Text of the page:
A certain soupçon of coherence could be considered requisite if one wishes to pull of any kind of complicated endeavor—from canal building to song crafting—and have said endeavor be received in the finest possible manner; apply far too little of that precious lucidity, and one can end up at Finnigan’s Wake, whose place in the literary canon is cemented, paradoxically, in how un-readable it is (brief aside: I had an English major ex-girlfriend who was fond of reciting, in her non-rhotic Australian manner, an anecdote wherein Joyce’s mother supposedly said that, while she loved her James dearly, she did wish he’d write a book people could read). Apply too much, and you arrive at The Goldfinch, with James Wood bearing down on you, eyeteeth flashing through blood-foam and eyes like white phosphorous, to declare the yearning grasp at immortality mere pap, unsuitable even for a wasp’s nest. Strike the balance, and you have yourself a Lolita, Nabokov’s paphian masterpiece.
alt-J could be considered something of a lit rock band; their sound is both maximalist and expansive, obviously cognizant of the importance of aesthetic, and, at first blush, all of the usual barriers of entry with which the cognoscenti cartels keep out the hoi polloi seem to have been erected. There is the preponderance of piano and the trembling of little alien sounding strings, a distinct lack of percussion or a glitchy, stuttering, seemingly intractable spine which would be impossible to remove unless one wants to listen to a quivering, opalescent jellyfish. There are the vocals, prone to lepidopteran falsetto runs and cold luxe harmonies, all sounding as if sung through an ivory cocaine straw. But it is an illusion. alt-J is not a complicated band per se and This Is All Yours is not a particularly difficult listen; it is an opulent one, at times, a touch maudlin and poppy at others, but in the end the whole thing comes off somewhere between James Bond themes and Pre-Raphaelite paintings, certainly a touch too baroque, when all the this that is ours is layered before us, for the non-discriminate listener unwilling to invest, and yet completely capable—and guilty—of incorporating a Miley Cyrus sample on its best song.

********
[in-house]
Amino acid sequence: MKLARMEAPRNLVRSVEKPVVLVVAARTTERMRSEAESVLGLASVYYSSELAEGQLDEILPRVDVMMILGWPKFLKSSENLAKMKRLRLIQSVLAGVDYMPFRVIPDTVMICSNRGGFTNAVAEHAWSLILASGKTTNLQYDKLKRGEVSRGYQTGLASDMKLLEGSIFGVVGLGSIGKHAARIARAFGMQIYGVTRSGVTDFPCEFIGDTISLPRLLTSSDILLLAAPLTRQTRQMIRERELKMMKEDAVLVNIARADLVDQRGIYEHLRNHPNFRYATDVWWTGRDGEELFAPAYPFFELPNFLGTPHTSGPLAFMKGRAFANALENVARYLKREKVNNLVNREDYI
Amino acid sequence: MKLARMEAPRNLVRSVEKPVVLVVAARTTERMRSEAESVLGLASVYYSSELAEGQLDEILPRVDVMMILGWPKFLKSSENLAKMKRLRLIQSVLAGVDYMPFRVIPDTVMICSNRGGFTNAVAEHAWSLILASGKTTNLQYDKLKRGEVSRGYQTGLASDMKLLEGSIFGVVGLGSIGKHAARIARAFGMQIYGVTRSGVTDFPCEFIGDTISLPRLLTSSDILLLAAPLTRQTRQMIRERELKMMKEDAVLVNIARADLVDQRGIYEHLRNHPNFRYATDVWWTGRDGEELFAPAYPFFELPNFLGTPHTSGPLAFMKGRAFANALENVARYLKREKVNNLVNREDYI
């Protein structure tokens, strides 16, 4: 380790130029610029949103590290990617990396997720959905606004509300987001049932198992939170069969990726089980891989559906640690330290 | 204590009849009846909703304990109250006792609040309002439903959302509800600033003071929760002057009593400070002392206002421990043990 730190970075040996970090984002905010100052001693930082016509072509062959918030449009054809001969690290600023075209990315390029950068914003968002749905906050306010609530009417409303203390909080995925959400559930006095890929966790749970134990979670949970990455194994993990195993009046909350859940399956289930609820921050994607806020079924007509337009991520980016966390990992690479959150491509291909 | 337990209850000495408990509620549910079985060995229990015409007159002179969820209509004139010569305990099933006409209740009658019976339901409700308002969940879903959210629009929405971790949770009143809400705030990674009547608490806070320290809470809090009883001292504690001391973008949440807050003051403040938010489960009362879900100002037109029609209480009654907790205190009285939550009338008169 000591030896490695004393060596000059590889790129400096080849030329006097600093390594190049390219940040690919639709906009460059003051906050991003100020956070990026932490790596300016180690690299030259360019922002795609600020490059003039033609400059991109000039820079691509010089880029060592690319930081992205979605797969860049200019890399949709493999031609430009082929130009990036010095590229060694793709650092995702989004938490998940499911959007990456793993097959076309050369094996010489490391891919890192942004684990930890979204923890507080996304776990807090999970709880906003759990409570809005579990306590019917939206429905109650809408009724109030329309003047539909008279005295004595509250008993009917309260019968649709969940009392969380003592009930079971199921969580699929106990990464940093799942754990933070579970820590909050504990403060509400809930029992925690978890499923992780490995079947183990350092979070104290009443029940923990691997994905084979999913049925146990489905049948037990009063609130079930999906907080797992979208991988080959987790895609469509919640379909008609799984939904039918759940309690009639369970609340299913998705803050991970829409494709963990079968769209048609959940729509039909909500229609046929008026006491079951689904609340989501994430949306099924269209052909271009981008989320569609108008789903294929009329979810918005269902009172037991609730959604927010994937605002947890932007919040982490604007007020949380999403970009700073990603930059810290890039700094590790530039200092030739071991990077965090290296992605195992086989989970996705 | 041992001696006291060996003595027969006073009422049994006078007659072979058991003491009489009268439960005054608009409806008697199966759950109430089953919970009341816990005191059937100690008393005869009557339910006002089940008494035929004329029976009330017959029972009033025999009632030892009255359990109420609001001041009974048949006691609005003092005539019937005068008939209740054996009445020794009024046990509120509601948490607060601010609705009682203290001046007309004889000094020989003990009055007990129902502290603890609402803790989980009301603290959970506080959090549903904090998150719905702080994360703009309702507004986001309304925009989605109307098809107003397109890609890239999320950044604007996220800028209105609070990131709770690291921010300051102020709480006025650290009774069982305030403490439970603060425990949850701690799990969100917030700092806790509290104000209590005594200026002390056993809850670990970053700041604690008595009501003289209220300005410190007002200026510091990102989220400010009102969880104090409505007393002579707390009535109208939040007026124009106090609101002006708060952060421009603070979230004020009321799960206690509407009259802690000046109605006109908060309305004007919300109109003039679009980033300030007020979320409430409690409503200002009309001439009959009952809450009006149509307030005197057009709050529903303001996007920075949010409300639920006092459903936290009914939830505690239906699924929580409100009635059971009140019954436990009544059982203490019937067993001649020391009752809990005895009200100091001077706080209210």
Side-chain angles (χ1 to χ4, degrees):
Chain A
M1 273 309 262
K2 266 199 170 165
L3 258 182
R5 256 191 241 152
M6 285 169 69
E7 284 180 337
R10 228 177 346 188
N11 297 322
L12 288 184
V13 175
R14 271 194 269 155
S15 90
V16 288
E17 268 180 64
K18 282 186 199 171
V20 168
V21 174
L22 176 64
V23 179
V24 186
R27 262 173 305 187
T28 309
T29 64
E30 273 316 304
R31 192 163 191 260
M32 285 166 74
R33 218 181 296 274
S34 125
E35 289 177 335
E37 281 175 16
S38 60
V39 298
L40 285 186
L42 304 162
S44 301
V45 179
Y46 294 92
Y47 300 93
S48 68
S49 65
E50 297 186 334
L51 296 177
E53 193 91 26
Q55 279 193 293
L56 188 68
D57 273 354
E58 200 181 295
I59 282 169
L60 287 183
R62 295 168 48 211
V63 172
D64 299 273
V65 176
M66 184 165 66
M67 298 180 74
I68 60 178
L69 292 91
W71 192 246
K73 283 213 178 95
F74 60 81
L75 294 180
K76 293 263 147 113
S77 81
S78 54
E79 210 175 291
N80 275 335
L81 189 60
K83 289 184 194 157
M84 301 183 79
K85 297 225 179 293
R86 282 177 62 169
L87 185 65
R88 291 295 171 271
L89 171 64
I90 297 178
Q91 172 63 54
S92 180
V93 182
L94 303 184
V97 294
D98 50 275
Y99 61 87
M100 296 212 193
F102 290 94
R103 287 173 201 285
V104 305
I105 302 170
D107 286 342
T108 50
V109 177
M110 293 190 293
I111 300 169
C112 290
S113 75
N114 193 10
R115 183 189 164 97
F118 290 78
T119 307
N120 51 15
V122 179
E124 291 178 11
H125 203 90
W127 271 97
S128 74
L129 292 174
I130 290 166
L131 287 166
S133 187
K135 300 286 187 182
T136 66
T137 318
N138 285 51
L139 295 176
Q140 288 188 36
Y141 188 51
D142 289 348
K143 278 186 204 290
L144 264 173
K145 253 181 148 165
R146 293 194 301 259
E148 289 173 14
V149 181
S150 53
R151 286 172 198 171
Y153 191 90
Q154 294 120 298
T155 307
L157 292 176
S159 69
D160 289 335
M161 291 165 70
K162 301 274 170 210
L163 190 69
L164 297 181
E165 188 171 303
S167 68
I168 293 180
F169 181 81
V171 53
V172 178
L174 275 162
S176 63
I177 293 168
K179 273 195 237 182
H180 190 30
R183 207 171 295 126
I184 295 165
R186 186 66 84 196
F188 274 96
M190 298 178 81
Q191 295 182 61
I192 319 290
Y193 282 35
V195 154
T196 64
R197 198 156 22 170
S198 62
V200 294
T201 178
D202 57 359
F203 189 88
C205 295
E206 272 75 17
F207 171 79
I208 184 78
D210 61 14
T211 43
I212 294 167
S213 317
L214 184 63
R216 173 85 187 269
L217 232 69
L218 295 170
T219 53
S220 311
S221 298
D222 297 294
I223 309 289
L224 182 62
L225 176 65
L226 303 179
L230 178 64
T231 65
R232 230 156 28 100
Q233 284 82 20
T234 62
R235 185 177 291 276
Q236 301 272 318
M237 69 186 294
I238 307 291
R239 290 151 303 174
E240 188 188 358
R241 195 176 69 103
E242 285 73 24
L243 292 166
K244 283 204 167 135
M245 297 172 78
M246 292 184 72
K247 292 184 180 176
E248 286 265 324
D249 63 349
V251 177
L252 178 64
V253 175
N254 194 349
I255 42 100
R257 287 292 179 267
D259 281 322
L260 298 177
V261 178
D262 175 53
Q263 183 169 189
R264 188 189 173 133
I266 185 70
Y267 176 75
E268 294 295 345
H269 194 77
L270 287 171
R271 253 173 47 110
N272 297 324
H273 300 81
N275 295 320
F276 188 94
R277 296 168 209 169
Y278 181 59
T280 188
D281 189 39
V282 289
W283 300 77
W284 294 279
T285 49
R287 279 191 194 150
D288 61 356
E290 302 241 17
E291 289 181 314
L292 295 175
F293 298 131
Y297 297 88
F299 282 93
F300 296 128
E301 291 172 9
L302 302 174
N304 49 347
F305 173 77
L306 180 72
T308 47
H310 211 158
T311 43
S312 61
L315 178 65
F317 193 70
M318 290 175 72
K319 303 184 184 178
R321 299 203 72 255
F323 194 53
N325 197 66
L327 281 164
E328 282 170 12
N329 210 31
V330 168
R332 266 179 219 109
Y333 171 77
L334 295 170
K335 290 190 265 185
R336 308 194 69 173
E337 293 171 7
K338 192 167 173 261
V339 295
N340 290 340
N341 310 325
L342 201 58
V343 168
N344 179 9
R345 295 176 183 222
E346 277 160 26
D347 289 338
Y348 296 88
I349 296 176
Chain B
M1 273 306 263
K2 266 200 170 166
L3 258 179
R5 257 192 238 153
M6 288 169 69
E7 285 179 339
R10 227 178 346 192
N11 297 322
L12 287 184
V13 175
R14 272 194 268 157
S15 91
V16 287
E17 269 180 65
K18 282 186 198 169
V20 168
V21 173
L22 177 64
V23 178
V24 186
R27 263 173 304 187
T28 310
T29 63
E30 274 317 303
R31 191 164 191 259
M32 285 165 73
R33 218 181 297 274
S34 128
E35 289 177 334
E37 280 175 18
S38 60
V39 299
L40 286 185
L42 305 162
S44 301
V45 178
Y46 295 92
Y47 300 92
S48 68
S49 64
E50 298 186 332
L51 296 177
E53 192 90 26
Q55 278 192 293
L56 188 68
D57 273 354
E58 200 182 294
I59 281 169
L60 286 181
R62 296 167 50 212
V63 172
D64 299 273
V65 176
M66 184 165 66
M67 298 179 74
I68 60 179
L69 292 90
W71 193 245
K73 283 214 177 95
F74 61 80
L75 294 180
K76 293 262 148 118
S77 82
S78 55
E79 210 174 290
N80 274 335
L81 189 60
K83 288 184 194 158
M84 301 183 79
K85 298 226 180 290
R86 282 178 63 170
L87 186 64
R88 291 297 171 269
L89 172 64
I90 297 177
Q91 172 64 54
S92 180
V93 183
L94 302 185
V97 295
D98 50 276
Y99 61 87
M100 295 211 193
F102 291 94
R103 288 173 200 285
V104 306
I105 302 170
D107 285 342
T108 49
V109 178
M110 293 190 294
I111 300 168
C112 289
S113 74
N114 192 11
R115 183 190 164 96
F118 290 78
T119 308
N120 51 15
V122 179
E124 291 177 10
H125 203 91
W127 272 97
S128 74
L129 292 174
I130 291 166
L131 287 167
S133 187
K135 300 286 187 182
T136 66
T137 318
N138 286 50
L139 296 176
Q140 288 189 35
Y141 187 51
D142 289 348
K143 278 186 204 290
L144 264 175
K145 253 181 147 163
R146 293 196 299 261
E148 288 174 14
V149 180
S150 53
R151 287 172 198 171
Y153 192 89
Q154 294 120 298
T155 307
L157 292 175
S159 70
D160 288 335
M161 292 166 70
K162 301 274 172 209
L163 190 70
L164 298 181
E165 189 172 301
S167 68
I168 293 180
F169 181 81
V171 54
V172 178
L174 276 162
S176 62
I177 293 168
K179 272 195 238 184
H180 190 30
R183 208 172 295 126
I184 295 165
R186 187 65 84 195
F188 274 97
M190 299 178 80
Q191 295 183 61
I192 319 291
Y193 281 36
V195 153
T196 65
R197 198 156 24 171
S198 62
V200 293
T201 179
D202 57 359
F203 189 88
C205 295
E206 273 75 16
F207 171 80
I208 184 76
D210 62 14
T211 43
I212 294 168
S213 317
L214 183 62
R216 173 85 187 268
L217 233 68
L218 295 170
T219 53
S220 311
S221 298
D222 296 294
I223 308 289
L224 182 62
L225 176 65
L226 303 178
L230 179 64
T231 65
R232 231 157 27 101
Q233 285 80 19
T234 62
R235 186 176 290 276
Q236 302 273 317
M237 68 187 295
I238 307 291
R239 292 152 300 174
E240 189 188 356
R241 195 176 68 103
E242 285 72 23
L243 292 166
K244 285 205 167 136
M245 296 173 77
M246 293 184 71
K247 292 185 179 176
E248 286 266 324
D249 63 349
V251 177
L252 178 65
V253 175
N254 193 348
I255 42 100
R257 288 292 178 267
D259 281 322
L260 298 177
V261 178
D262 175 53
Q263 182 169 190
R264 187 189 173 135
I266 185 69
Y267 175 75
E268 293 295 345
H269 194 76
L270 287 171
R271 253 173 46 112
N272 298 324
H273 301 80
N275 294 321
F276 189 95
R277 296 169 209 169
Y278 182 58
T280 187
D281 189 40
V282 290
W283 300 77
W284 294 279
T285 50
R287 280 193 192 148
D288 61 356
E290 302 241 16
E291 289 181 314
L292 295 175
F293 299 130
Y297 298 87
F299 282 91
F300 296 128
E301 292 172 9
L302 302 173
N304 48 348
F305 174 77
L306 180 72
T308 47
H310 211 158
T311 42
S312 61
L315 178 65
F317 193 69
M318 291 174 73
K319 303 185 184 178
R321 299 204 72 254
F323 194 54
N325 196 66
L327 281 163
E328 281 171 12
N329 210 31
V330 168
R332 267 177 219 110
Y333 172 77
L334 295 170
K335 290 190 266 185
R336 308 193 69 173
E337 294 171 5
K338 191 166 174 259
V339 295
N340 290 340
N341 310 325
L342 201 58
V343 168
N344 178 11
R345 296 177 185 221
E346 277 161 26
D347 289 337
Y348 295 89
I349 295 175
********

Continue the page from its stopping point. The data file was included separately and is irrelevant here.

Said song ("Hunger Of The Pine") is a prime example of what alt-J gets right here, which is most songs wherein whatever aspirations towards “innovation—“or whatever the musical equivalent of the ambiguously defined “literary” is—are set to the wayside. In alt-J’s defense, any claims to Daedalean majesty seem to originate from outside the band itself; their byzantine arrangements, evoking images of Hampton Court and Versailles and, yes, The School of Athens, seem to come from a place of pedantry, not pretension, i.e., this is what they like, they are not better than you.
They are playing in similar waters as Black Moth Super Rainbow, another apparently abstruse band who, in reality, is actually quite an enjoyable listen, if one can just get past all that ragged fuzz which comprises the vocals (an interesting, and direct, comparison, vis-a-vis alt-J, although here the lyrical obfuscation comes more from content than delivery, albeit sometimes both). The primary difference between the two, aside from basinal musical style, is that BMSR is fucking fun. At their best, when not wandering along in a gilded fog—much of This Is All Yours is akin to meandering in a pretty, if tiring, gloam—alt-J can conjure up some Arcade Fire-esque epic-folk-electro-indie-arena pop or somnambulistic, swaying minimalism or debeaked, spurless cock rock or, on "Every Other Freckle", what one hopes to be the last death rattles of 'hey!' folk (replete with actual 'heys!' and, in all fairness, potentially the best sexual metaphor involving crisps ever offered unto posterity). alt-J though still do sound a bit impudent, continually denying the reveal; to ask to stand the ponderousness and posturing without the payoff is a big ask indeed.
All that which is ours is certainly beautiful, but the lack of exigence—it is, when not eye roll inducing or serviceable, so damned boring!—causes it to be the pulchritude of statues or paintings, rather than the vibrating life which lit rock could obtain and should forever strive for.